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We get this question a lot - and it's an excellent question! We put a lot of thought into what food we provide and below is some detail.

Food swamps:

Many of the children we reach live in areas with poor access to food, commonly called "food deserts". We prefer to call these areas "food swamps", since there actually is access to food, but it is very unhealthy food, such as the kind one might find at a typical gas station.

We don't think kids can grow in a healthy way if they only have gas station food at home.

Food quality:

The Sheridan Story's leadership and staff are committed to implementing our program in a way that retains dignity for our kids and families. While this manifests itself in many ways, one is in the type of food we provide.

We do not think our kids and families should receive the back-of-the-truck, leftover food items that no one wants. We provide our kids and families with food that is high-quality, not near expiring, and isn't "weird". 

While we do receive food from food drives, we sort that food thoroughly and only use items that fit our specific criterion (all food items donated are either used by The Sheridan Story or provided to a local food shelf for their use). Almost all of our food is purchased in bulk from reputable food banks, wholesalers, and manufacturers, all of whom have significant food safety and quality measures in place.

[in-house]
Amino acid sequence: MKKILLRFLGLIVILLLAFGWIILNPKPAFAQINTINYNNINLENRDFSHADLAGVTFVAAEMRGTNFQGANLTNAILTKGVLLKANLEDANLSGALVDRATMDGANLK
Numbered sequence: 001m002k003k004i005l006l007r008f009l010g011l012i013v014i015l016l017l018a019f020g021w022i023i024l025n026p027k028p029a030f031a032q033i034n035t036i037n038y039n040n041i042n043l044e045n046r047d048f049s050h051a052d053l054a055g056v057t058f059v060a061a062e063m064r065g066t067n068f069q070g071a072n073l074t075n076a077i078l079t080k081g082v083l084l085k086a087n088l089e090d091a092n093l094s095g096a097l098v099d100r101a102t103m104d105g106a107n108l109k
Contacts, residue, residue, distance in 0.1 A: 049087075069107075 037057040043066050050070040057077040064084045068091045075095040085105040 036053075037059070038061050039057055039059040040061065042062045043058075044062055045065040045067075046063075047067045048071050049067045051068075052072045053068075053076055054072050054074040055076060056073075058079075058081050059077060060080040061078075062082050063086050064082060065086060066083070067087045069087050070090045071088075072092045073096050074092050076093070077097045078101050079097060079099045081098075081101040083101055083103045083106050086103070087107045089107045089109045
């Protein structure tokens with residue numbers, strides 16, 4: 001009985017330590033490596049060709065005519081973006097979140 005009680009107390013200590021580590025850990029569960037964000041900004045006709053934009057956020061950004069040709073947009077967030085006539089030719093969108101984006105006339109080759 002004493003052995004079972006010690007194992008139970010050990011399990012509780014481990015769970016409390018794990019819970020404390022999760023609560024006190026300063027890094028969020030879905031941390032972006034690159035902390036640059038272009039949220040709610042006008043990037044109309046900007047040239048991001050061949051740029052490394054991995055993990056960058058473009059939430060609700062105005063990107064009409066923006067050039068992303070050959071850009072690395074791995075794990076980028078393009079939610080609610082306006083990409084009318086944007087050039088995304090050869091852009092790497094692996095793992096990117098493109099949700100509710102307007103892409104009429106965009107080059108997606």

While this approach increases the cost of food for our program, as low-quality food is less expensive, we are persistent in our practice of providing high-quality food to our kids and families.

Substantive, nutritious food:

From our research with families, schools, and child nutritionists, The Sheridan Story has determined that providing healthy, substantive food - not snack food - is the best way we can support our kids and families.

To select healthy items for our food bags, we've consulted with dietitians/nutritionists through Allina Health and Saint Paul Public Schools. As we mentioned, our bags focus on substantive meals, not snacks, and we don't distribute items low in nutrition. For example, ramen noodle packets are excluded, as they are high in sodium and contain little nutrition. 

Feedback from our families confirm that they prefer meal-food (like what we provide) instead of snack-food.

Amount of food:

Our bags are filled with 4 - 5 pounds, which is the weight we have determined our kids can consistently carry safely, of substantive and nutritious shelf-stable food.

Specific food items:

Each of our bags of food contains fruit and vegetables and provides nutritious, substantive meals for kids to eat at home. A sample bag from our inventory includes the following items: a can of pears, a bag of rice, a can of green beans, a can of chunk chicken, and a can of chicken noodle soup.

Below is a breakdown of the categories of food we use in our bags:

  • Canned Protein: Chunk Chicken, Tuna, beans, etc
  • Canned Fruit: Pears, Peaches, Applesauce, etc
  • Canned Vegetable: Green Beans, Peas, Carrots, Mixed Veggies, etc
  • Canned: Soup, Stew, Chili, Ravioli
  • Boxed or Bagged Base: Pasta, Rice, Beans (ex. pinto beans), Oatmeal